Support for LAist comes from
We Explain L.A.
Stay Connected

Share This

News

UCLA Superbug Also Infected Patients At Cedars-Sinai

LAist relies on your reader support.
Your tax-deductible gift today powers our reporters and keeps us independent. We rely on you, our reader, not paywalls to stay funded because we believe important news and information should be freely accessible to all.

The superbug that infected five patients at UCLA Medical Center, killing two, also infected patients at Cedars-Sinai Medical Center.

Cedars-Sinai Medical Center announced that four patients were infected with the superbug carbapenem-resistant Enterobacteriaceae (CRE), and that 64 others have potentially been exposed, the L.A. Times reports. Cedars-Sinai will be sending letters to all potentially exposed patients, offering testing kits that they can use at home, then send back for analysis.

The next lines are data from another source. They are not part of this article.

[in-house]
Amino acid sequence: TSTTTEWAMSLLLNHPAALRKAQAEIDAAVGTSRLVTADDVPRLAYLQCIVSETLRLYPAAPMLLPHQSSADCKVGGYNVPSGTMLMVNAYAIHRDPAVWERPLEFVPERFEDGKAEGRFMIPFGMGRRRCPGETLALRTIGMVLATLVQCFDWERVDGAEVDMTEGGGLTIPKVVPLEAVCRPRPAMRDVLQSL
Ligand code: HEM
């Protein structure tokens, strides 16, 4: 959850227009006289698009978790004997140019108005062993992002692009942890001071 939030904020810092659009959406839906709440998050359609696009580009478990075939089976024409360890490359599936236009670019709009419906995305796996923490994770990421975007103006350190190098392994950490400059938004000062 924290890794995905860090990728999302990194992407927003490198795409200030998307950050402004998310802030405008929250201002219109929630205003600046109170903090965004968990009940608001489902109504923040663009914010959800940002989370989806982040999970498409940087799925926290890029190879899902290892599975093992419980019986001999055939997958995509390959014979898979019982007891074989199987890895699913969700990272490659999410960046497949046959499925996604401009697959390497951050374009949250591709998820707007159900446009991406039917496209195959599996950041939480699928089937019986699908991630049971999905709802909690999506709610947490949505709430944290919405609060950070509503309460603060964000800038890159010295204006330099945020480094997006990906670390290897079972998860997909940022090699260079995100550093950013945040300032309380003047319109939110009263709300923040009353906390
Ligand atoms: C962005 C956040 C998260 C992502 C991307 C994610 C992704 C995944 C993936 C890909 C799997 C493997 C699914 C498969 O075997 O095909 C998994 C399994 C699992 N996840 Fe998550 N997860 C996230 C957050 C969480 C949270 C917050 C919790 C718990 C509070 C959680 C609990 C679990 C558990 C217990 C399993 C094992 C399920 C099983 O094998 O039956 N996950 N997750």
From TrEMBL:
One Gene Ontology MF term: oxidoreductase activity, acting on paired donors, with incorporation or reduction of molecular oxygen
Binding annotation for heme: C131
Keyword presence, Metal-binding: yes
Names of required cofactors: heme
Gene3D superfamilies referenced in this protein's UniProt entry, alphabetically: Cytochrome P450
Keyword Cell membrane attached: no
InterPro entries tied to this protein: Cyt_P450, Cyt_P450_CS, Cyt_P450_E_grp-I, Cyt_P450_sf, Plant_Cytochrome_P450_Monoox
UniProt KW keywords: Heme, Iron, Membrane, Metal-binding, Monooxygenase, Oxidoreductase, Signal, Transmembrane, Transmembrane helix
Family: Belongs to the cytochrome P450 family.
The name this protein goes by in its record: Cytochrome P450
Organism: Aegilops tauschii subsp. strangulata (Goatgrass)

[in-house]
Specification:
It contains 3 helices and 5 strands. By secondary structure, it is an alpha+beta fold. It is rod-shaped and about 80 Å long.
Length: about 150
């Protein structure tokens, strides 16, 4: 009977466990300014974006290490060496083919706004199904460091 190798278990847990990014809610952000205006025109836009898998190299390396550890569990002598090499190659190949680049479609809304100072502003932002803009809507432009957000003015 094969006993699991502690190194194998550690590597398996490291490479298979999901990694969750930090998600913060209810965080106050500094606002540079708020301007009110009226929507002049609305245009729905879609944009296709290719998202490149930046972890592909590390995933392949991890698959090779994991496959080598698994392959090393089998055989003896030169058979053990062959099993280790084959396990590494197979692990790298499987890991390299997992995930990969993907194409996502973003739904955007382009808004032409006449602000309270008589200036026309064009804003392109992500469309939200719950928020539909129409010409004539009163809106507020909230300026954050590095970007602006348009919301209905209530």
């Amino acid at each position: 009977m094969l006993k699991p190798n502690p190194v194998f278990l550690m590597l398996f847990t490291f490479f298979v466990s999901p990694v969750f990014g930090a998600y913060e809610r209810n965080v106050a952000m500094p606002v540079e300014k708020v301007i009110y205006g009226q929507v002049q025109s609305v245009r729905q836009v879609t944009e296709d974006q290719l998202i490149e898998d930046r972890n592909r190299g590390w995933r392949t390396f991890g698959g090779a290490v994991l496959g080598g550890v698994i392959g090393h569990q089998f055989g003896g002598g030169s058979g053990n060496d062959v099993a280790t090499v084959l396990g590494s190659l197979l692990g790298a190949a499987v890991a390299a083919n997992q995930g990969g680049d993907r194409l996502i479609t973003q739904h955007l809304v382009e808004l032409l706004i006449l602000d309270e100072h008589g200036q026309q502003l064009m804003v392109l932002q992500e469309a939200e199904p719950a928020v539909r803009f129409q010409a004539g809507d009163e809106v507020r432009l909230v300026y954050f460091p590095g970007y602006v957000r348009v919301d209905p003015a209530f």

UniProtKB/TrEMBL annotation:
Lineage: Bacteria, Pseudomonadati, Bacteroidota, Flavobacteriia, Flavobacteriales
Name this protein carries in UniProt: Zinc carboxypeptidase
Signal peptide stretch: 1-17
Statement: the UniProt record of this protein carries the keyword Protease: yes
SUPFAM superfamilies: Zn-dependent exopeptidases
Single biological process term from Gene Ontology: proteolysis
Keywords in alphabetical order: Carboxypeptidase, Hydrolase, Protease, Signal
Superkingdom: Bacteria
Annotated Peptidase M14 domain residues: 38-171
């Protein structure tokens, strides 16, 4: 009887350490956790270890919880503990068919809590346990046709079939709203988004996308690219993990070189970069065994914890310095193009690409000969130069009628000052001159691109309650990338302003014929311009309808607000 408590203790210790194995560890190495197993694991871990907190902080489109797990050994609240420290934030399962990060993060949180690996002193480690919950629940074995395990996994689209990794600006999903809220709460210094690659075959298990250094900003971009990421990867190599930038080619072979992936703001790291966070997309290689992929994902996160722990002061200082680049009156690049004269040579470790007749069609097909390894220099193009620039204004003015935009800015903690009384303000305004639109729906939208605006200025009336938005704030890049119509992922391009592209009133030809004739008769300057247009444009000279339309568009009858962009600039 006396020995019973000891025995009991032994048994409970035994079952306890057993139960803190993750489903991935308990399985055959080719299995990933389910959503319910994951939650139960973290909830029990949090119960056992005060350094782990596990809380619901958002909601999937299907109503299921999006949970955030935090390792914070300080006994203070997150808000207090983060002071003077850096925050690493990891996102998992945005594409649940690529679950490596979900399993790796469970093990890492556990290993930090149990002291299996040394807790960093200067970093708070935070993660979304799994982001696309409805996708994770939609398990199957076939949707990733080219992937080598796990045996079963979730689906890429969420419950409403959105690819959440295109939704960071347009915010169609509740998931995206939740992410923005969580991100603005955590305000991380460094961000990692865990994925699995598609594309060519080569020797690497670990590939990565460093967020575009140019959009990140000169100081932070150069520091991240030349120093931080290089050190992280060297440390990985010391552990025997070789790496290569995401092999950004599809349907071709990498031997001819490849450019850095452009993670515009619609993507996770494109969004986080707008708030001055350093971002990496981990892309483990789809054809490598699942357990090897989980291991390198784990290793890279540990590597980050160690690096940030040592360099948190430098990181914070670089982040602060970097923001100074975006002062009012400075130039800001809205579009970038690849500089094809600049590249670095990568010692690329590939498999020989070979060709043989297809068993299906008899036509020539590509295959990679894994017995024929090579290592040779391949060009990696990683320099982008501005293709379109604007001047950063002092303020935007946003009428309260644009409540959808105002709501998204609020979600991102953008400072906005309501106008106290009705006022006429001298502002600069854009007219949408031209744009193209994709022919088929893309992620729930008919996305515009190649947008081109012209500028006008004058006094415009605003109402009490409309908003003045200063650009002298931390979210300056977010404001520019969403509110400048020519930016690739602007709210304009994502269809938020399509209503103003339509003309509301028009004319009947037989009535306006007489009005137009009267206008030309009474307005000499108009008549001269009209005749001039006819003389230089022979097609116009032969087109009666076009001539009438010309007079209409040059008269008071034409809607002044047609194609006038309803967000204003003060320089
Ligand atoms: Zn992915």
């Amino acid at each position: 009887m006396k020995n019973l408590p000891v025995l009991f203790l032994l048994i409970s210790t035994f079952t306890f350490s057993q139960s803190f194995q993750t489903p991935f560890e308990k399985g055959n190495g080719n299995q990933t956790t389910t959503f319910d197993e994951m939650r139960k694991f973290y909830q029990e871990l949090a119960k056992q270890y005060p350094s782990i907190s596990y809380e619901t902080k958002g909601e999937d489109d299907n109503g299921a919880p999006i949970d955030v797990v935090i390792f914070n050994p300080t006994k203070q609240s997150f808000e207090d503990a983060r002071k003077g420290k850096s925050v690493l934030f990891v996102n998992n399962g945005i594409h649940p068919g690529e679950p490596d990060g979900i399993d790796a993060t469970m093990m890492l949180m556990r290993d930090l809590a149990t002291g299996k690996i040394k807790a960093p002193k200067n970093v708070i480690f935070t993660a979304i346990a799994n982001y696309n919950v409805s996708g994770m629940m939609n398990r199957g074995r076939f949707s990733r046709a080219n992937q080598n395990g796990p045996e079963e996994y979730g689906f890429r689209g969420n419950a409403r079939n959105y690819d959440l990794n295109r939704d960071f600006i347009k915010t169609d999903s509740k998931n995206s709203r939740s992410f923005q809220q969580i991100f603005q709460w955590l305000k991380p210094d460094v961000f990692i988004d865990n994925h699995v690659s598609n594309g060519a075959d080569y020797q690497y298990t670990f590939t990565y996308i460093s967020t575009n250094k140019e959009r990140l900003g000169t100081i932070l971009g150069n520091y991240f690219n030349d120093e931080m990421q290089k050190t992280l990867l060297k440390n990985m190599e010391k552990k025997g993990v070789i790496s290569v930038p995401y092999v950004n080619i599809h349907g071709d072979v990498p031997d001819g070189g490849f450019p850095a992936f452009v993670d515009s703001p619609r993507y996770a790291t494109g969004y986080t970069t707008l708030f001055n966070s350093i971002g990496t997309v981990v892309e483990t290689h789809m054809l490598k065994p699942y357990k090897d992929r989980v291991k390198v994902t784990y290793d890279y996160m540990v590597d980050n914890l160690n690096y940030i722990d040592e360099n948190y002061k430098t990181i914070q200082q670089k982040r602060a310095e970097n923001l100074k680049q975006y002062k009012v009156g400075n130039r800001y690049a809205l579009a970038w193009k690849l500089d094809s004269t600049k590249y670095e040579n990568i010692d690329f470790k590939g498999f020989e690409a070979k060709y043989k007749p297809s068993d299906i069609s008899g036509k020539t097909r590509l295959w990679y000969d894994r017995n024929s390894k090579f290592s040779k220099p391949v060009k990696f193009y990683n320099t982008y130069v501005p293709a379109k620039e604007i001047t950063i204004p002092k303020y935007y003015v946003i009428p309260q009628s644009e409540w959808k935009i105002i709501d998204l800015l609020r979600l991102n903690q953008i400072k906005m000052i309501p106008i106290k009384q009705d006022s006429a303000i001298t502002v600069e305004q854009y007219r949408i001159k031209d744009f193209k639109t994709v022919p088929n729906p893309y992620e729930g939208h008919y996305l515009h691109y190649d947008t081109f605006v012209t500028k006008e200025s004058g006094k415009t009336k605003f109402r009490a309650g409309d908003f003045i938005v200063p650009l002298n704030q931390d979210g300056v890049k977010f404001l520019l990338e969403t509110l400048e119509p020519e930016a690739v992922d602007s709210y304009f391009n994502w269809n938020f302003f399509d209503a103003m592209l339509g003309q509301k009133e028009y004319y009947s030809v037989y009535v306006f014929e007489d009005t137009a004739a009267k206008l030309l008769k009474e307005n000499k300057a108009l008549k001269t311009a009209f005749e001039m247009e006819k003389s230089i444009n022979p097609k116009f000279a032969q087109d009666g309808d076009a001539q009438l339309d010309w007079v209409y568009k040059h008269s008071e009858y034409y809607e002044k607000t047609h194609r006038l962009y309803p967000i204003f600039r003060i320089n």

CRE is a type of bacteria that is highly resistant to treatments. It is rare that healthy people would be infected with CRE. Typically, CRE patients are typically found in hospitals or nursing homes. One of the infected patients at Cedars-Sinai died, but not due to CRE. As with the infections at UCLA, the exposure may be related to the use of a duodenoscope. All of these patients had an ERCP (endoscopic retrograde cholangiopancreatography) performed on them sometime between October 2014 through January 2015. An ERCP involves inserting a scope down a patient's throat to treat digestive conditions. About half a million people worldwide receive ERCPs every year.

The problem with the duodenoscope is that cleaning them, even when performed according to manufacturer's guidelines, may not be enough to sufficiently disinfect them.